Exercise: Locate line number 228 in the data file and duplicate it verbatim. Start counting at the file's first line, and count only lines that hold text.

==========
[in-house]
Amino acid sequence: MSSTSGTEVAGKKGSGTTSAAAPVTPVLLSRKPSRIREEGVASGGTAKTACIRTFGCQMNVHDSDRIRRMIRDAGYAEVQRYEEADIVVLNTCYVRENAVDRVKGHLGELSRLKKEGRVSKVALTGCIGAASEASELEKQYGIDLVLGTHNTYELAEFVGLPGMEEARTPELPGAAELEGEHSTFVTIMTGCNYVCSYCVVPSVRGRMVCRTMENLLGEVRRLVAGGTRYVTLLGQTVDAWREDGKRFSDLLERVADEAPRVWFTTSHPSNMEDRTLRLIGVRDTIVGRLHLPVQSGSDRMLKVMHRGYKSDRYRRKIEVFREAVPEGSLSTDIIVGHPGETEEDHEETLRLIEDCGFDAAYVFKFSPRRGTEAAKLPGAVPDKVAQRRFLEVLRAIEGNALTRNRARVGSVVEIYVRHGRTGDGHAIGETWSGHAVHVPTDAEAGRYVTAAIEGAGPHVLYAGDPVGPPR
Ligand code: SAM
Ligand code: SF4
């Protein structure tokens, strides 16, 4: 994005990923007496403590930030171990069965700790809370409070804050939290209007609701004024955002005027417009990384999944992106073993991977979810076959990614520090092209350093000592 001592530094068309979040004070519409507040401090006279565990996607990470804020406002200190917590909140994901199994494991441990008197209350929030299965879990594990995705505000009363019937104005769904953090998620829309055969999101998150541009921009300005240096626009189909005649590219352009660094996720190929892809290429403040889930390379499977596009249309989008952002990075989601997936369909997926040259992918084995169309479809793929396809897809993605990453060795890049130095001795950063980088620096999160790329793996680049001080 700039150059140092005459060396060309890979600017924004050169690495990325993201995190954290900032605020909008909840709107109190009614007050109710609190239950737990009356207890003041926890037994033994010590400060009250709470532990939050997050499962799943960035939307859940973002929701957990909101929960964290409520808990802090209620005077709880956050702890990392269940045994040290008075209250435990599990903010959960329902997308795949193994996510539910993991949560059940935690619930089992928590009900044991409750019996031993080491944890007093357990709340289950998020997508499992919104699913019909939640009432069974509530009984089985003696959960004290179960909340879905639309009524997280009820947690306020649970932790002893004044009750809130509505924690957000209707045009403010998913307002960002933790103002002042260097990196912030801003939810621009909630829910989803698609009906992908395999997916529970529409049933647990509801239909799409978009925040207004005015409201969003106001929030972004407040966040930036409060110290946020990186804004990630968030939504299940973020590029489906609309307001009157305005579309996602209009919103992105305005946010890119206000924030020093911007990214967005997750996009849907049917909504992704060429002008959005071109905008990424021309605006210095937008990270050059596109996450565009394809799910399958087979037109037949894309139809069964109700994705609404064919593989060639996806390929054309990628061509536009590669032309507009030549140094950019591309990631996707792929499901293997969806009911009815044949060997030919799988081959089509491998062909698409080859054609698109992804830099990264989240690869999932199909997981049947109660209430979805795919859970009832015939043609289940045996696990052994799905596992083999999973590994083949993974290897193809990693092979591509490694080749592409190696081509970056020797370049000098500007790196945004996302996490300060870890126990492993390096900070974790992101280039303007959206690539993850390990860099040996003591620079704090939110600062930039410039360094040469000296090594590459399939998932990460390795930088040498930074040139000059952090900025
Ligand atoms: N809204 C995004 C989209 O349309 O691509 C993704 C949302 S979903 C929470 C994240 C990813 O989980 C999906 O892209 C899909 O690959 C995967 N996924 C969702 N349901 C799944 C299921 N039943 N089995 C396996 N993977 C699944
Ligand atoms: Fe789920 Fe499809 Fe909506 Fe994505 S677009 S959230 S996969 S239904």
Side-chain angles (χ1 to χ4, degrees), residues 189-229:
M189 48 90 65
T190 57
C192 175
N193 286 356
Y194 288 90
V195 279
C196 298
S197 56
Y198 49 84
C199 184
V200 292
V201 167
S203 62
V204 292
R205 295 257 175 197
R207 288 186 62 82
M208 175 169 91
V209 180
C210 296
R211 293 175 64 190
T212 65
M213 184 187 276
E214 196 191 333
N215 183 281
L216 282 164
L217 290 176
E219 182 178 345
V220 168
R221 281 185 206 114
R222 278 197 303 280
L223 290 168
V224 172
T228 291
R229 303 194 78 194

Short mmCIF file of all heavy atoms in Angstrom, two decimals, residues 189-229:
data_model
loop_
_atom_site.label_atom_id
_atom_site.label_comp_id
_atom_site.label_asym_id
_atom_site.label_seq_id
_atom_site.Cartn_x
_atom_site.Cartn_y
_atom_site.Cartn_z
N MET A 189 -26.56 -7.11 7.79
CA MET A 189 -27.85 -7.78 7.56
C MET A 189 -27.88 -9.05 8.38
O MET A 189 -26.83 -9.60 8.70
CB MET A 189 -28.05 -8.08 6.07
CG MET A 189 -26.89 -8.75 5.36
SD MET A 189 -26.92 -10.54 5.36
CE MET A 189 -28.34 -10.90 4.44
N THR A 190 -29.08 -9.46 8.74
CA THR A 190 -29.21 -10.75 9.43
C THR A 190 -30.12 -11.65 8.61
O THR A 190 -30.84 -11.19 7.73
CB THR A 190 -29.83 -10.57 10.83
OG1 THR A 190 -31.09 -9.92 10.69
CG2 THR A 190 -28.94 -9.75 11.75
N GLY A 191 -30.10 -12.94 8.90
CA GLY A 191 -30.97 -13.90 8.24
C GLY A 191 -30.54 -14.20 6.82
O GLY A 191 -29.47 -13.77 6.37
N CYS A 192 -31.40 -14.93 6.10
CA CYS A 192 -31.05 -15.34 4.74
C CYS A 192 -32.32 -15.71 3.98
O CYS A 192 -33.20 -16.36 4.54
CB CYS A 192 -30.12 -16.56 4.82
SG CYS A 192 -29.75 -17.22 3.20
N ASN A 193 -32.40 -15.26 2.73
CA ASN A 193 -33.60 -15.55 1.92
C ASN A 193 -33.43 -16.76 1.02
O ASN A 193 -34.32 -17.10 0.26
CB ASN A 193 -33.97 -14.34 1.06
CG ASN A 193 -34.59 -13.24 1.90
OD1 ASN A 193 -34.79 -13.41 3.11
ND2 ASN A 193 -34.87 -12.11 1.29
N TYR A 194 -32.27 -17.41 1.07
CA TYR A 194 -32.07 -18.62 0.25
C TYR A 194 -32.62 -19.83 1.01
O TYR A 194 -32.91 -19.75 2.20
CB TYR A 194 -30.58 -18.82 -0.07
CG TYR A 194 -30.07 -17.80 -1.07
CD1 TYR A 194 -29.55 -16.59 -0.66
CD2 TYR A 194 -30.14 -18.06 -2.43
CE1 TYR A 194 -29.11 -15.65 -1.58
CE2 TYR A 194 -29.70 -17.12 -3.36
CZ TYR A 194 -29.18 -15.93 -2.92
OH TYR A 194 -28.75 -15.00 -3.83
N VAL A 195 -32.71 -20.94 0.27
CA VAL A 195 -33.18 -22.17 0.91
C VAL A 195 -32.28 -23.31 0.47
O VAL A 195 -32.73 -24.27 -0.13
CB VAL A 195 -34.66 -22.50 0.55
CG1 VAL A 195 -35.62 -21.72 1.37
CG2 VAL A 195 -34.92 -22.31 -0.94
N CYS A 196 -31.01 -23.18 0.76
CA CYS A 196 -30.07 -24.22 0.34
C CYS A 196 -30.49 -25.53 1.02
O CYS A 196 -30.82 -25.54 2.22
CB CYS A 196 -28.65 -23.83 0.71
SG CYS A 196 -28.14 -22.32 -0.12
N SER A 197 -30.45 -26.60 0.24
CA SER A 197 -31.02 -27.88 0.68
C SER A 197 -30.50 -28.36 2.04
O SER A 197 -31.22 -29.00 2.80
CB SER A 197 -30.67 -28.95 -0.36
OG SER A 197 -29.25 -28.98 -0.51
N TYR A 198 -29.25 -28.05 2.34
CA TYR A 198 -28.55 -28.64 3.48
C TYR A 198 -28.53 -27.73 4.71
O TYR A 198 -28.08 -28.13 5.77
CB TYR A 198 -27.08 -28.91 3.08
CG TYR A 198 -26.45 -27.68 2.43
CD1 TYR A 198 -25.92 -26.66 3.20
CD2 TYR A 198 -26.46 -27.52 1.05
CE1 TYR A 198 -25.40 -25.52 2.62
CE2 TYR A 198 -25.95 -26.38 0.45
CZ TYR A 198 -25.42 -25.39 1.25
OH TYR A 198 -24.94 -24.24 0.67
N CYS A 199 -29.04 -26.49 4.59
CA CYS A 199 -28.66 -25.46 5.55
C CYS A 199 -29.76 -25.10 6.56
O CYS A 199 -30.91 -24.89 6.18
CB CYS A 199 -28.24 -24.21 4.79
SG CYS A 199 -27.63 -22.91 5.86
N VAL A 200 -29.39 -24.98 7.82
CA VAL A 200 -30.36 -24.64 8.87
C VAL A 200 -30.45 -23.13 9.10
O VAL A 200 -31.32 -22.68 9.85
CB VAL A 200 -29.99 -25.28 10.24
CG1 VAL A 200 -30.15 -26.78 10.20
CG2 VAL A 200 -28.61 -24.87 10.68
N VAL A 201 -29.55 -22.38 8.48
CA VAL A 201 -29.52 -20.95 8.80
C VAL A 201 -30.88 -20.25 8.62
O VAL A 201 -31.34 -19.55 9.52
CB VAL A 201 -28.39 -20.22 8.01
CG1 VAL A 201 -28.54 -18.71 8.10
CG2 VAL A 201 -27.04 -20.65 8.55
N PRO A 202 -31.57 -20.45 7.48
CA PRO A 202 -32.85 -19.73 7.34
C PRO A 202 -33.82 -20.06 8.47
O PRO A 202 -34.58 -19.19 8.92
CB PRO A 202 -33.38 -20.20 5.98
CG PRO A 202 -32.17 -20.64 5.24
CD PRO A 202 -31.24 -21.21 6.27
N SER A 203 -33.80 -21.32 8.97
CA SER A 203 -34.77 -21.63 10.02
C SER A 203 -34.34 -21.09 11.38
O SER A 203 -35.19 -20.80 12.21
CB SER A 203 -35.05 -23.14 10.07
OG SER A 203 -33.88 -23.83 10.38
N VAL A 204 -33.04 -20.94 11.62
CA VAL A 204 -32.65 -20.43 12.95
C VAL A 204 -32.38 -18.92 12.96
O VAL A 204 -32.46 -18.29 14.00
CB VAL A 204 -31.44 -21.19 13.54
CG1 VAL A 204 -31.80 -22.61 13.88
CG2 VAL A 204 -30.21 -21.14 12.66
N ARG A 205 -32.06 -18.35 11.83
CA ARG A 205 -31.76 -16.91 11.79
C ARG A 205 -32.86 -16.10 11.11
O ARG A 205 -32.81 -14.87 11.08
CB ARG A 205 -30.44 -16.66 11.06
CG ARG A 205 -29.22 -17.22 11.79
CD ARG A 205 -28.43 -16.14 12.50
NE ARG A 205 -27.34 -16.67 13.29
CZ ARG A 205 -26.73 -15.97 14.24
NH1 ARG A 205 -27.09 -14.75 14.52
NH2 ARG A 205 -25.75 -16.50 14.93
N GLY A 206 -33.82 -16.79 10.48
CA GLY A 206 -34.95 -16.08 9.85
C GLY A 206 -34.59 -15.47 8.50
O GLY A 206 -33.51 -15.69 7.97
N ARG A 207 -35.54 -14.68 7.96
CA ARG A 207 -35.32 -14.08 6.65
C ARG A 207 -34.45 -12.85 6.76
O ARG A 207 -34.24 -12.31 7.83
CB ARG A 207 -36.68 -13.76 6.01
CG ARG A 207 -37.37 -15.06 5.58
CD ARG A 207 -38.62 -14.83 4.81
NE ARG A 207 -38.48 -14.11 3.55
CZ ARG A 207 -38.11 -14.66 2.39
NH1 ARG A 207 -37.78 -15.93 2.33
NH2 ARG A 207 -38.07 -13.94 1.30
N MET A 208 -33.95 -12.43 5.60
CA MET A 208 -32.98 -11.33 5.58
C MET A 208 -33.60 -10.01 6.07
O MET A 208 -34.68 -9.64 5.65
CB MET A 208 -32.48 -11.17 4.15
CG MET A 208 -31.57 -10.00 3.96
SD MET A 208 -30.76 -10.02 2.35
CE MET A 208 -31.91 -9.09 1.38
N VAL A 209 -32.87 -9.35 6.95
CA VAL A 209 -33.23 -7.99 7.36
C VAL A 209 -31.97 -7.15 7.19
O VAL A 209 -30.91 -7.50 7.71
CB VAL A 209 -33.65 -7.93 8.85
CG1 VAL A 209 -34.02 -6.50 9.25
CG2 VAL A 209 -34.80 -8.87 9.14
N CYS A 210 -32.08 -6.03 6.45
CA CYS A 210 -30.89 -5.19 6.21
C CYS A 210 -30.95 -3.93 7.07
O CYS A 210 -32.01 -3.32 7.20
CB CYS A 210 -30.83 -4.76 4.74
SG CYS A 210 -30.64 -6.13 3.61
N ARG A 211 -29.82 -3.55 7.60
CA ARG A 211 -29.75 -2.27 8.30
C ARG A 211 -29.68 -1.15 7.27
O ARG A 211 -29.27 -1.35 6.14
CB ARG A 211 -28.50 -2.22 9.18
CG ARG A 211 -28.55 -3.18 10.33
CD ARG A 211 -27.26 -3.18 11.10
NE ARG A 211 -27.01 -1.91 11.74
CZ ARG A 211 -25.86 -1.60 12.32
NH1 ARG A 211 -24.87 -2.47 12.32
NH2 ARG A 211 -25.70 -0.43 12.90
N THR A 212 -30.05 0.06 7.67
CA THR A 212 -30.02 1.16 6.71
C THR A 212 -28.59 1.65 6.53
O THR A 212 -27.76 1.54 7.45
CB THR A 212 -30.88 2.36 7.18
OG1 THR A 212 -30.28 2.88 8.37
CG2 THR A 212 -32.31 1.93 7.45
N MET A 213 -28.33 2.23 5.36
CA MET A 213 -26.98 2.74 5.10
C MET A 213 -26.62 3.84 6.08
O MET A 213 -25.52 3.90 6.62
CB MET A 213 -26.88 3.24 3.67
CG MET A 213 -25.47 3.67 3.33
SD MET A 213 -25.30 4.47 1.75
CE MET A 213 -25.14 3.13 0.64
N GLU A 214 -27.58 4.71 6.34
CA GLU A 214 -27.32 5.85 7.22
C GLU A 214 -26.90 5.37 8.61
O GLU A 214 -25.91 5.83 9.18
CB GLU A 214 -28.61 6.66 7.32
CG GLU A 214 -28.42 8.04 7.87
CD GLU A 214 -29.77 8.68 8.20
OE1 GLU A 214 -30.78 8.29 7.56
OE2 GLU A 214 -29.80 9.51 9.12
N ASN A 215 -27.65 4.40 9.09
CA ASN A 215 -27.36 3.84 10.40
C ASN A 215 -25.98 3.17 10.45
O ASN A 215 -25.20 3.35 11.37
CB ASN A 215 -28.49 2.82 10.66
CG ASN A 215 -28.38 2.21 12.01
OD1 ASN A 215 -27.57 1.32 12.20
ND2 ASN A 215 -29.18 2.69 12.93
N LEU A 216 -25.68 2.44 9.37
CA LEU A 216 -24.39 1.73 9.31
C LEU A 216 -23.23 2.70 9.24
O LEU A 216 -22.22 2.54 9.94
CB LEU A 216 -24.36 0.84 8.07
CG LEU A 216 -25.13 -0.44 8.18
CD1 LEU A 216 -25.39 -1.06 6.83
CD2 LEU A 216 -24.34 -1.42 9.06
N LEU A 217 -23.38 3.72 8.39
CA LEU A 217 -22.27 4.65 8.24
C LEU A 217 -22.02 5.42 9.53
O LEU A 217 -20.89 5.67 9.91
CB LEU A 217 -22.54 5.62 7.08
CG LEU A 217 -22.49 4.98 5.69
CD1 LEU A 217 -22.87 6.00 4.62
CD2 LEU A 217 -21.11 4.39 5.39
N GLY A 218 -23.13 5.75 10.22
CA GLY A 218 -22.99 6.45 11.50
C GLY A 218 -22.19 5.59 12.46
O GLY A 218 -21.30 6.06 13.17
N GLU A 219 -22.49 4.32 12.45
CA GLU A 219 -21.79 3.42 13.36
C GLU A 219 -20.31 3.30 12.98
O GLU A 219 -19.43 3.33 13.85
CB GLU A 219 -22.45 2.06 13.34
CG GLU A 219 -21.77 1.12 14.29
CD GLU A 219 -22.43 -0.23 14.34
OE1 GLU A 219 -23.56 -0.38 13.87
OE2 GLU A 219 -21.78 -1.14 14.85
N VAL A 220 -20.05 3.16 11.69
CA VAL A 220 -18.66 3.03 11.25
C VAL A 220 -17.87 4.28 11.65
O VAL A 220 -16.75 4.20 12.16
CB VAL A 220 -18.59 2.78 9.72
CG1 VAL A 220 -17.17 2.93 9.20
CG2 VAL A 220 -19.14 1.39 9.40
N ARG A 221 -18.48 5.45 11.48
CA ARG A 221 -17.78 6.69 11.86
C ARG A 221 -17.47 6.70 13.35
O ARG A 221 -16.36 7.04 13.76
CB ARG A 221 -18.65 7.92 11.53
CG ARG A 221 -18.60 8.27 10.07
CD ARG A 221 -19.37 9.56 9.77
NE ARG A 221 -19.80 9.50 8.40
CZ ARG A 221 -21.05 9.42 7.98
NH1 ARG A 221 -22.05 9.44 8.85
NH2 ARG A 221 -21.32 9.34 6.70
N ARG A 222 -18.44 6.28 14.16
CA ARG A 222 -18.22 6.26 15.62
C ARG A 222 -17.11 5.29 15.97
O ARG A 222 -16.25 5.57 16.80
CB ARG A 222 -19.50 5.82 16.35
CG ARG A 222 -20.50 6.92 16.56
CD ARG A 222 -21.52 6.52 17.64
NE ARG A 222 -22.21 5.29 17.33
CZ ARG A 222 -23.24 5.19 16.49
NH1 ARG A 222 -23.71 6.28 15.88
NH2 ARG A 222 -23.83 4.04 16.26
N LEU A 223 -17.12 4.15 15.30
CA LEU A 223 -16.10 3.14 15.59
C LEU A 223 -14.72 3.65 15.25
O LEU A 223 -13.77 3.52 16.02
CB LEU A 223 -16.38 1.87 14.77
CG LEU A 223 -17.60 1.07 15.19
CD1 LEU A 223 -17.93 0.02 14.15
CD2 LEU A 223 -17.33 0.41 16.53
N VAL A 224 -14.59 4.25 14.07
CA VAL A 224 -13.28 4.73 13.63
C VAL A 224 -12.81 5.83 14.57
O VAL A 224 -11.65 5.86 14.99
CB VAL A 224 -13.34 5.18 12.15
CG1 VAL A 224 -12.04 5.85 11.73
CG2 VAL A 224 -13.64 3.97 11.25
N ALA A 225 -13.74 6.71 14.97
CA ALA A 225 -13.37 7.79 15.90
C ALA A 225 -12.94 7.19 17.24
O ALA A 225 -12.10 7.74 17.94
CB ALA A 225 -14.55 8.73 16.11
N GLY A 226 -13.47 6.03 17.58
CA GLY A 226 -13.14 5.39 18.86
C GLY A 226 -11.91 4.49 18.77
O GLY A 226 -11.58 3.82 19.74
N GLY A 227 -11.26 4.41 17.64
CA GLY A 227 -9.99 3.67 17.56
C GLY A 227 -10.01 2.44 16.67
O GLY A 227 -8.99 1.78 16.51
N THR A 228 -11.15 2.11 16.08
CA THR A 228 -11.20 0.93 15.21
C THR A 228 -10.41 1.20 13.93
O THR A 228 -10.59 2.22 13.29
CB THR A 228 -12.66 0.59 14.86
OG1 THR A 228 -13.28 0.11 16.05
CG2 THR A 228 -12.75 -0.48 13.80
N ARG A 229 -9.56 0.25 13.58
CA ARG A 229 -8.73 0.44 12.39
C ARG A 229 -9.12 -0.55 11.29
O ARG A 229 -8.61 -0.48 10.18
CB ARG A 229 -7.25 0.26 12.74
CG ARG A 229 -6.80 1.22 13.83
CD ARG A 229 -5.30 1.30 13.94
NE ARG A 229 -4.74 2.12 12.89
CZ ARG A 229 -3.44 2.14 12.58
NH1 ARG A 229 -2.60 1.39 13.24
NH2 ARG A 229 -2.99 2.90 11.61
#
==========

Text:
CA THR A 212 -30.02 1.16 6.71